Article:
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Sucking up to the boss can help your career. But it can hurt you in other ways, study says

A new study found that ingratiating, or kissing up, behavior can result in better performance evaluations, but also results in a draining of self-control that leads to poor behavior in the workplace.
A new study found that ingratiating, or kissing up, behavior can result in better performance evaluations, but also results in a draining of self-control that leads to poor behavior in the workplace. KRT

That one person in your office who always sucks up to the boss may be on to something. But even if a little flattery is earning them points with the head honcho, a new study says office kiss-ups are also sacrificing energy that can make them feel drained and lead them to behaving badly.

That study, published recently in the Journal of Applied Psychology, found that some workers who spend time flattering their bosses end up showing poor workplace behavior at the end of the day compared to others.

The reason? The scientists say putting on an act all the time to appease the boss is exhausting.

“There’s a personal cost to ingratiating yourself with your boss,” Anthony Klotz, an associate professor at Oregon State University and the lead author of the paper, said in a news release. “When your energy is depleted, it may nudge you into slack-off territory.”

Scientists have known for some time that ingratiating behavior can lead to positive outcomes for workers. A 1992 Cornell study found that “political influence behavior” could help predict career success, and an earlier study, also published in the Journal of Applied Psychology, found that sucking up to the boss caused bosses to tend to view subordinates more positively.

But there’s a trade-off the scientists say has been overlooked.

For the latest study, the scientists recruited 75 middle managers in a Chinese software company and told them to try one of two methods to make an impression on their bosses.

One way was to ingratiate themselves by doing favors for, agreeing with and flattering their boss. The other way was to promote themselves by highlighting their own successes, talking about their work and their connections.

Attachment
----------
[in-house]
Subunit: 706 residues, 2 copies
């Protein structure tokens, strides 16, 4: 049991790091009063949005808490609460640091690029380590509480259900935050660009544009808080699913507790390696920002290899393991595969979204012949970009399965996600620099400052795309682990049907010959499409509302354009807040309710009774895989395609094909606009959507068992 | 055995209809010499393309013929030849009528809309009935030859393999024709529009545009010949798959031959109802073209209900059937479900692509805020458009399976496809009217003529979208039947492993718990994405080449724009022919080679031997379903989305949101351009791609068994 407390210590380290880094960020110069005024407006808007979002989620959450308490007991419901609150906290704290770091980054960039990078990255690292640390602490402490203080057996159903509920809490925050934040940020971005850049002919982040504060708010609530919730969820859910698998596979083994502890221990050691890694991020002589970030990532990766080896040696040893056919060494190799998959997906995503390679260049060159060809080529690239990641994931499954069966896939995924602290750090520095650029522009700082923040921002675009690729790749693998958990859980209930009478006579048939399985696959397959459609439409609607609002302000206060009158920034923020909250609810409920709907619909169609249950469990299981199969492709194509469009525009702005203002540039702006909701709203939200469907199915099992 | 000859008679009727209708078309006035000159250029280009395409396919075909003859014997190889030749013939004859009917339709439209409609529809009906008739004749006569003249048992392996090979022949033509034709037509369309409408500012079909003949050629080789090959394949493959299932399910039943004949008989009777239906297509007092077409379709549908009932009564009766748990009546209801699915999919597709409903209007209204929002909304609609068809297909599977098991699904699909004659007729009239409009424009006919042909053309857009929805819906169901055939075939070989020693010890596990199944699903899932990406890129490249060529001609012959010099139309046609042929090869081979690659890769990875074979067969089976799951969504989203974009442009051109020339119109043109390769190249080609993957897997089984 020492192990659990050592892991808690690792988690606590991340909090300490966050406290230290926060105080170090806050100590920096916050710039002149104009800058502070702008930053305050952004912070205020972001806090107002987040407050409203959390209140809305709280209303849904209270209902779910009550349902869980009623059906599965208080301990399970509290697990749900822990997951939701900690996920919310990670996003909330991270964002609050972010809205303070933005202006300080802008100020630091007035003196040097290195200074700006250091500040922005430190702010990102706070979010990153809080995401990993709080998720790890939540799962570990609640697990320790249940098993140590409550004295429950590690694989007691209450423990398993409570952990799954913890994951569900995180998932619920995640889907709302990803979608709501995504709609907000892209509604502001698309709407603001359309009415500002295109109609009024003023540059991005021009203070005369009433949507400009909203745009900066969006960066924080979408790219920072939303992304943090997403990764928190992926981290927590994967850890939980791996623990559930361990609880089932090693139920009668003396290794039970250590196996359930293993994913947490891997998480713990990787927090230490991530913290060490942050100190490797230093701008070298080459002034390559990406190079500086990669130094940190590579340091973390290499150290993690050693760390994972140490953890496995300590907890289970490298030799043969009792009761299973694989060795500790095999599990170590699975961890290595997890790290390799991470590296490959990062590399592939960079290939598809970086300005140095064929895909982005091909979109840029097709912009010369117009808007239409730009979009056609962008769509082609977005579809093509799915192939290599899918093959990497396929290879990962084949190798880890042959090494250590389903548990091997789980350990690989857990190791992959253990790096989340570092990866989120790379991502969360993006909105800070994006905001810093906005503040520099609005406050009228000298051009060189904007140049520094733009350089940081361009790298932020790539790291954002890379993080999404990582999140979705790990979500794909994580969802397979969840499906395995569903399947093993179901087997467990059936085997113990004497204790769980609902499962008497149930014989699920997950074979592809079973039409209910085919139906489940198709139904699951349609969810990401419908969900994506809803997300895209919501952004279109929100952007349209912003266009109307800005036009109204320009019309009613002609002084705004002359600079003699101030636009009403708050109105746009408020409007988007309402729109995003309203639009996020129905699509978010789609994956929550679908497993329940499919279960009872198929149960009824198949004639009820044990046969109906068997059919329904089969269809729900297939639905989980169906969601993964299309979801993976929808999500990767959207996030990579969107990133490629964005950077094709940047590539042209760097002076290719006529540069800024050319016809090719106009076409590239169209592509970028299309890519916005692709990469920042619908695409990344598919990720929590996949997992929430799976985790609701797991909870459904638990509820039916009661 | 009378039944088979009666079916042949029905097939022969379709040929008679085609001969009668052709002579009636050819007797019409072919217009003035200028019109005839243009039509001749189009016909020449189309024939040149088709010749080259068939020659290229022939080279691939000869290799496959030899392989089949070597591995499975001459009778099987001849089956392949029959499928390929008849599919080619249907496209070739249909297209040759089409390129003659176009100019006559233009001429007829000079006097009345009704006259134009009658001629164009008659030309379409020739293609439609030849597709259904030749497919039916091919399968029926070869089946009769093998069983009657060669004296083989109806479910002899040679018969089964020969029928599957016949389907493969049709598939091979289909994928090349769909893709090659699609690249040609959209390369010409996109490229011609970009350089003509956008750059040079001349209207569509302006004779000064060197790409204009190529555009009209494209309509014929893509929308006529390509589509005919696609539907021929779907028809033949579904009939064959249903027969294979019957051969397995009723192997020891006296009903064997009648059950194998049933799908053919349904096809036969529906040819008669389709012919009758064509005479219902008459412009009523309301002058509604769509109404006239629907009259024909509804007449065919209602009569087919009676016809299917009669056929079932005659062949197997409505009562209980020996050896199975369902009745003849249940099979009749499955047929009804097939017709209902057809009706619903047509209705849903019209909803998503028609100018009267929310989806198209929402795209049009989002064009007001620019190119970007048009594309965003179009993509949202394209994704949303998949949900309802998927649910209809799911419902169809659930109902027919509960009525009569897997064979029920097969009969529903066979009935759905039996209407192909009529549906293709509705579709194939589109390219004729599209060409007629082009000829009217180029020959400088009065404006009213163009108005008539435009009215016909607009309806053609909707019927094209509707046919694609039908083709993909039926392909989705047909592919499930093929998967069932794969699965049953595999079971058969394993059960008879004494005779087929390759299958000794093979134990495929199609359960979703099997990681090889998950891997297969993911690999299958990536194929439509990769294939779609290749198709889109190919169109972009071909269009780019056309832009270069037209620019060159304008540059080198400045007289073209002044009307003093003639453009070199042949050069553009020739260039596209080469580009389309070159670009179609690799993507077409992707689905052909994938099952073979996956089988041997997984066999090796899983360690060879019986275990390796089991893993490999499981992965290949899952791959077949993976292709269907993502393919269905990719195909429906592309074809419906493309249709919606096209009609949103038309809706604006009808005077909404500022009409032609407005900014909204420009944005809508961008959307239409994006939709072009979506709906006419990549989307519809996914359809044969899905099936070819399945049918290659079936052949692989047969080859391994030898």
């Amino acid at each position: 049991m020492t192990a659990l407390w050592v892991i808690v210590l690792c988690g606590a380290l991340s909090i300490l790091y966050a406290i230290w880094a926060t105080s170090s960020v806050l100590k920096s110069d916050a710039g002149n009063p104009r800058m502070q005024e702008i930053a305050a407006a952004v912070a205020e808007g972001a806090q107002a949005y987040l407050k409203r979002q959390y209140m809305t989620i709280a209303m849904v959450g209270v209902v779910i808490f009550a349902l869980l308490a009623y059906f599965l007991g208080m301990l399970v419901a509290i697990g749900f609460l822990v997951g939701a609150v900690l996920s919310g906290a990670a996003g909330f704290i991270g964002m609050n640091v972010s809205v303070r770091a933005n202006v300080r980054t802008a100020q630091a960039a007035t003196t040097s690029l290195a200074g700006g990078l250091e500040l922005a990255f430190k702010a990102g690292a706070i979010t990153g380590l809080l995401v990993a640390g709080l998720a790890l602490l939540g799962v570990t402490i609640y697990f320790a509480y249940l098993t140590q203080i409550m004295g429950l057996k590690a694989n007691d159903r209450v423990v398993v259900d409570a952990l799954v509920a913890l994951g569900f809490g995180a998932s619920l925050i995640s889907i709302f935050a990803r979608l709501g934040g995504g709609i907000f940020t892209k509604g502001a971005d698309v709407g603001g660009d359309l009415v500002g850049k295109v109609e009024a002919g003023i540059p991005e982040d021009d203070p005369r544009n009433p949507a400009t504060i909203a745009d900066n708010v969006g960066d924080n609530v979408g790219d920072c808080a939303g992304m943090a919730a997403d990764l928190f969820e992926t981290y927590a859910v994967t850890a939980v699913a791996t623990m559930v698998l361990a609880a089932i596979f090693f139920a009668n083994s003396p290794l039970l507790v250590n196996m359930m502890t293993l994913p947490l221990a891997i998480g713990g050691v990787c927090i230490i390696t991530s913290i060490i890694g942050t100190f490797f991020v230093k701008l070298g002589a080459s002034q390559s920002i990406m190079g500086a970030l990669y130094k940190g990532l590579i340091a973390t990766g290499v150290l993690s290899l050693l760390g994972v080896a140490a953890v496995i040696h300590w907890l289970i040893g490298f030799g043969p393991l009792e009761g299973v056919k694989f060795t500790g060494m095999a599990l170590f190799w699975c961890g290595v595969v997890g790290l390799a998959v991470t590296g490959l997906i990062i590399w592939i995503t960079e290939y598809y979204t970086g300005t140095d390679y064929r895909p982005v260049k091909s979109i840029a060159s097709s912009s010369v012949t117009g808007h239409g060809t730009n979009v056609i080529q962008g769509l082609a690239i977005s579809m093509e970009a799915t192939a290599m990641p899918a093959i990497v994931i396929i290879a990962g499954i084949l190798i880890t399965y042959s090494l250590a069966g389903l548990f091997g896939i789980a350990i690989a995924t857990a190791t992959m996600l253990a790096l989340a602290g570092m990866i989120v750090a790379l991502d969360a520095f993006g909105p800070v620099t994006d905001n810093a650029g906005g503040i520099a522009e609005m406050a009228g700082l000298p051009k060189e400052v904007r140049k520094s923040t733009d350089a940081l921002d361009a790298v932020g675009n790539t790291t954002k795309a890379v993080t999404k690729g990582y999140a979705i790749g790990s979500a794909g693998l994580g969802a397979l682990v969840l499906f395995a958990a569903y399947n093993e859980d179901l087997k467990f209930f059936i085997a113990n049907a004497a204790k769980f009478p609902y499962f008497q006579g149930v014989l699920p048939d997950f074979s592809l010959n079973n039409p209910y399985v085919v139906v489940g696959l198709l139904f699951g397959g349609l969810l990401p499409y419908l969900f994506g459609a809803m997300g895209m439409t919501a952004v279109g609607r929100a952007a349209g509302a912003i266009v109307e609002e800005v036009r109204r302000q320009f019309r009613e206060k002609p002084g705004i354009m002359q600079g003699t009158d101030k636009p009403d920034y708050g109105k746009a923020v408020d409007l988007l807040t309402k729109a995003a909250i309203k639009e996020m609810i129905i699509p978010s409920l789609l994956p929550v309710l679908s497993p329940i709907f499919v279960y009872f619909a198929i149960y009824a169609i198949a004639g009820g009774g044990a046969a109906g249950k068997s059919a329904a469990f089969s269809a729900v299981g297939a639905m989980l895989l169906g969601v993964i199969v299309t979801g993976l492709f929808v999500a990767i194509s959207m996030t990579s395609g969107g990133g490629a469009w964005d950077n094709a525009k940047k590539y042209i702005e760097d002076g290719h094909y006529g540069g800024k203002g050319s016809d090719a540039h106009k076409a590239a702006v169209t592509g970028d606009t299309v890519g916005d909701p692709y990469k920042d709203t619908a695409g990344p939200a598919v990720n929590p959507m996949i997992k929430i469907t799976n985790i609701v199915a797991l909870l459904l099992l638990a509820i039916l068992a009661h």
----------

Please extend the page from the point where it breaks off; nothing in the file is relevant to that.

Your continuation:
The workers kept daily diaries of their experiences and also filled out daily surveys about their skill and making an impression of the boss. At the end of the day, the scientists found that those who used the “kissing-up” method felt more drained of their self-control at the end of the day.

The effect wasn’t there for the self-promoting group.

“It makes sense that ingratiation is depleting, because successfully kissing up requires the appearance of sincerity and that requires self-control,” Klotz said in a news release.

The scientists say the drain in self-control meant those workers were more likely to engage in poor workplace behavior like snapping at colleagues, goofing off at work or skipping meetings.

The researchers said one way to control those feelings is to take a break and blow off some steam. The boss can also recognize when someone is trying to suck up to them and try to stop it.

“If you’re feeling depleted you may want to take steps to restore yourself - take a walk, talk to a friend, eat a snack,” Klotz said in the release. “That’s typically better than the allowing the depletion to manifest in other ways, like skipping a meeting or being rude to a co-worker.”

Miriam Martinez Solais worked for low wages in a North Carolina restaurant until 2014. After Solais, who used illegal documents to apply for her job, reported lost wages to labor officials, her former boss had her investigated. Federal labor offic

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